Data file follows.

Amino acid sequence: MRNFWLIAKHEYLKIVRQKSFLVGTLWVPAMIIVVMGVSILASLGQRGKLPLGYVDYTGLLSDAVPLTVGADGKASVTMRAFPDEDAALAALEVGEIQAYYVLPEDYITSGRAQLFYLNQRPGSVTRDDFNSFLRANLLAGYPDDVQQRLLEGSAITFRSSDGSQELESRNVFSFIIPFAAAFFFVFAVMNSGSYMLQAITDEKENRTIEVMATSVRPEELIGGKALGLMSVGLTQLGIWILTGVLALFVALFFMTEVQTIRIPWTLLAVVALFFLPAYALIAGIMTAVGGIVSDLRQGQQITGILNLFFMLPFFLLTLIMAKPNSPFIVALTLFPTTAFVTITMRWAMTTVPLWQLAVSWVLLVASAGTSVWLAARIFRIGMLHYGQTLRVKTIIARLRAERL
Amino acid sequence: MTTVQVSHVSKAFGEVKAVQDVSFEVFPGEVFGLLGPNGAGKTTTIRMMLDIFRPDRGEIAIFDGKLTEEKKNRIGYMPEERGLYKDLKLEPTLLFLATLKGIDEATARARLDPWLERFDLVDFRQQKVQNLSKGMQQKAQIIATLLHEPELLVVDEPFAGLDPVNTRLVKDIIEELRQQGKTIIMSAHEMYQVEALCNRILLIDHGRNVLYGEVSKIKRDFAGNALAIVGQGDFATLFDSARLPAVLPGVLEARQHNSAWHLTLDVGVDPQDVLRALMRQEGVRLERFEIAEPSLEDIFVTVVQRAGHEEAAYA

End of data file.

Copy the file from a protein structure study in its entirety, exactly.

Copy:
Amino acid sequence: MRNFWLIAKHEYLKIVRQKSFLVGTLWVPAMIIVVMGVSILASLGQRGKLPLGYVDYTGLLSDAVPLTVGADGKASVTMRAFPDEDAALAALEVGEIQAYYVLPEDYITSGRAQLFYLNQRPGSVTRDDFNSFLRANLLAGYPDDVQQRLLEGSAITFRSSDGSQELESRNVFSFIIPFAAAFFFVFAVMNSGSYMLQAITDEKENRTIEVMATSVRPEELIGGKALGLMSVGLTQLGIWILTGVLALFVALFFMTEVQTIRIPWTLLAVVALFFLPAYALIAGIMTAVGGIVSDLRQGQQITGILNLFFMLPFFLLTLIMAKPNSPFIVALTLFPTTAFVTITMRWAMTTVPLWQLAVSWVLLVASAGTSVWLAARIFRIGMLHYGQTLRVKTIIARLRAERL
Amino acid sequence: MTTVQVSHVSKAFGEVKAVQDVSFEVFPGEVFGLLGPNGAGKTTTIRMMLDIFRPDRGEIAIFDGKLTEEKKNRIGYMPEERGLYKDLKLEPTLLFLATLKGIDEATARARLDPWLERFDLVDFRQQKVQNLSKGMQQKAQIIATLLHEPELLVVDEPFAGLDPVNTRLVKDIIEELRQQGKTIIMSAHEMYQVEALCNRILLIDHGRNVLYGEVSKIKRDFAGNALAIVGQGDFATLFDSARLPAVLPGVLEARQHNSAWHLTLDVGVDPQDVLRALMRQEGVRLERFEIAEPSLEDIFVTVVQRAGHEEAAYA